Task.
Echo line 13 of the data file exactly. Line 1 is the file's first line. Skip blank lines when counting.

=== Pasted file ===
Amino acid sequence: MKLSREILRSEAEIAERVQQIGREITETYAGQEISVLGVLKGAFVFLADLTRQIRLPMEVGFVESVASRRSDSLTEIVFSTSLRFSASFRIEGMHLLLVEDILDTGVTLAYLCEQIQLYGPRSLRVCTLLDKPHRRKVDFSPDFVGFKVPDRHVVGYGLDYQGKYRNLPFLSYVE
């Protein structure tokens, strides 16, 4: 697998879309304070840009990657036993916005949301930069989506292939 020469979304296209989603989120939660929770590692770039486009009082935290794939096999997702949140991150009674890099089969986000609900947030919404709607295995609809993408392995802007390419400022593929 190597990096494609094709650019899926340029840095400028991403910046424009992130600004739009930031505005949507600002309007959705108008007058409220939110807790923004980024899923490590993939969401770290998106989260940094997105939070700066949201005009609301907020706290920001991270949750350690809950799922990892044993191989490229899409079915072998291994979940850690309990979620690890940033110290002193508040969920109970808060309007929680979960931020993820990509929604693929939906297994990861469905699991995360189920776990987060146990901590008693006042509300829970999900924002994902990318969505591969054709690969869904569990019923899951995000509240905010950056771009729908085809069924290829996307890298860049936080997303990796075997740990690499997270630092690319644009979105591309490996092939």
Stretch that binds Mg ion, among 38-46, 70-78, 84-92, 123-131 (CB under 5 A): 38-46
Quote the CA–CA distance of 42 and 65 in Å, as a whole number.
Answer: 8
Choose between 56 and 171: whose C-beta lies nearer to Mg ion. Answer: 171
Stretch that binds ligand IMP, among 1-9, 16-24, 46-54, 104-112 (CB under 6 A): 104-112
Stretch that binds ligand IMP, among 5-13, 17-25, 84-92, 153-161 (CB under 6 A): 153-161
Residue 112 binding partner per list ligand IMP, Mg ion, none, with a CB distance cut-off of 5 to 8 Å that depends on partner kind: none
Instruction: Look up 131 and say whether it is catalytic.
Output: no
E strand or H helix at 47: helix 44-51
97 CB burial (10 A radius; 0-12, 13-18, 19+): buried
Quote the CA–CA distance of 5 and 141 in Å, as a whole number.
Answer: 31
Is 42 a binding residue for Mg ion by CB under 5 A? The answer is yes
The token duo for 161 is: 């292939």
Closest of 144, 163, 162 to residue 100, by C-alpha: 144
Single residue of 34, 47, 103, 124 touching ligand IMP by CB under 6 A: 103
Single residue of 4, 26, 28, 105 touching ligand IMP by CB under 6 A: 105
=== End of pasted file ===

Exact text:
97 CB burial (10 A radius; 0-12, 13-18, 19+): buried